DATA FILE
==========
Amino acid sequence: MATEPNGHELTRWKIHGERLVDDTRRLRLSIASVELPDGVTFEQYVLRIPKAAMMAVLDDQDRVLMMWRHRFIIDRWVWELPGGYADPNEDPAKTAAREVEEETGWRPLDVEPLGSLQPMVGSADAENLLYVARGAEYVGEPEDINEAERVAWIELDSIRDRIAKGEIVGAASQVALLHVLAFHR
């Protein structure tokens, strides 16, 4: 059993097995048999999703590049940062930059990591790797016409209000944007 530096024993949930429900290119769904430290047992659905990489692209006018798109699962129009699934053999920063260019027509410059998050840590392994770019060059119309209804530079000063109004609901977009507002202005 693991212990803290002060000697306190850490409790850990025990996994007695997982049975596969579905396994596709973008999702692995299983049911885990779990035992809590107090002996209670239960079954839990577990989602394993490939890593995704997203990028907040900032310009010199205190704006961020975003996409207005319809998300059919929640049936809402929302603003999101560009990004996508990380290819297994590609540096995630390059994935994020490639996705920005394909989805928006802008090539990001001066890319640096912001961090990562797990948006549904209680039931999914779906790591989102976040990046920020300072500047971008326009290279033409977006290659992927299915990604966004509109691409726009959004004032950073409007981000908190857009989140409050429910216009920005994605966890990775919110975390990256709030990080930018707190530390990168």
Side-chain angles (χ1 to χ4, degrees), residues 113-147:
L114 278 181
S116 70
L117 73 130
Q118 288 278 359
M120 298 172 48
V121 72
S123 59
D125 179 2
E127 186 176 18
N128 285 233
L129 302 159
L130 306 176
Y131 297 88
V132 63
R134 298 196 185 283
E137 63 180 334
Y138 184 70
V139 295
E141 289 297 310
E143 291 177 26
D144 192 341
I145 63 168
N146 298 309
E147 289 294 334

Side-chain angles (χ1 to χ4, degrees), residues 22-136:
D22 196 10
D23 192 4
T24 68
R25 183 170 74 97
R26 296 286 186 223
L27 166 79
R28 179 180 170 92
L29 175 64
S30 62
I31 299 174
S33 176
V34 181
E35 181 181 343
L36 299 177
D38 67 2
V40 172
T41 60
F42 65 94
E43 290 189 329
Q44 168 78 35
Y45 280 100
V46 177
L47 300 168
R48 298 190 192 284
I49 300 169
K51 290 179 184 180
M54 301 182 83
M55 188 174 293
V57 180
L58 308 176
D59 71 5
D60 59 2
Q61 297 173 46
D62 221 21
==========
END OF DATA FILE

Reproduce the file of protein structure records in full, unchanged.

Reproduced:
Amino acid sequence: MATEPNGHELTRWKIHGERLVDDTRRLRLSIASVELPDGVTFEQYVLRIPKAAMMAVLDDQDRVLMMWRHRFIIDRWVWELPGGYADPNEDPAKTAAREVEEETGWRPLDVEPLGSLQPMVGSADAENLLYVARGAEYVGEPEDINEAERVAWIELDSIRDRIAKGEIVGAASQVALLHVLAFHR
């Protein structure tokens, strides 16, 4: 059993097995048999999703590049940062930059990591790797016409209000944007 530096024993949930429900290119769904430290047992659905990489692209006018798109699962129009699934053999920063260019027509410059998050840590392994770019060059119309209804530079000063109004609901977009507002202005 693991212990803290002060000697306190850490409790850990025990996994007695997982049975596969579905396994596709973008999702692995299983049911885990779990035992809590107090002996209670239960079954839990577990989602394993490939890593995704997203990028907040900032310009010199205190704006961020975003996409207005319809998300059919929640049936809402929302603003999101560009990004996508990380290819297994590609540096995630390059994935994020490639996705920005394909989805928006802008090539990001001066890319640096912001961090990562797990948006549904209680039931999914779906790591989102976040990046920020300072500047971008326009290279033409977006290659992927299915990604966004509109691409726009959004004032950073409007981000908190857009989140409050429910216009920005994605966890990775919110975390990256709030990080930018707190530390990168």
Side-chain angles (χ1 to χ4, degrees), residues 113-147:
L114 278 181
S116 70
L117 73 130
Q118 288 278 359
M120 298 172 48
V121 72
S123 59
D125 179 2
E127 186 176 18
N128 285 233
L129 302 159
L130 306 176
Y131 297 88
V132 63
R134 298 196 185 283
E137 63 180 334
Y138 184 70
V139 295
E141 289 297 310
E143 291 177 26
D144 192 341
I145 63 168
N146 298 309
E147 289 294 334

Side-chain angles (χ1 to χ4, degrees), residues 22-136:
D22 196 10
D23 192 4
T24 68
R25 183 170 74 97
R26 296 286 186 223
L27 166 79
R28 179 180 170 92
L29 175 64
S30 62
I31 299 174
S33 176
V34 181
E35 181 181 343
L36 299 177
D38 67 2
V40 172
T41 60
F42 65 94
E43 290 189 329
Q44 168 78 35
Y45 280 100
V46 177
L47 300 168
R48 298 190 192 284
I49 300 169
K51 290 179 184 180
M54 301 182 83
M55 188 174 293
V57 180
L58 308 176
D59 71 5
D60 59 2
Q61 297 173 46
D62 221 21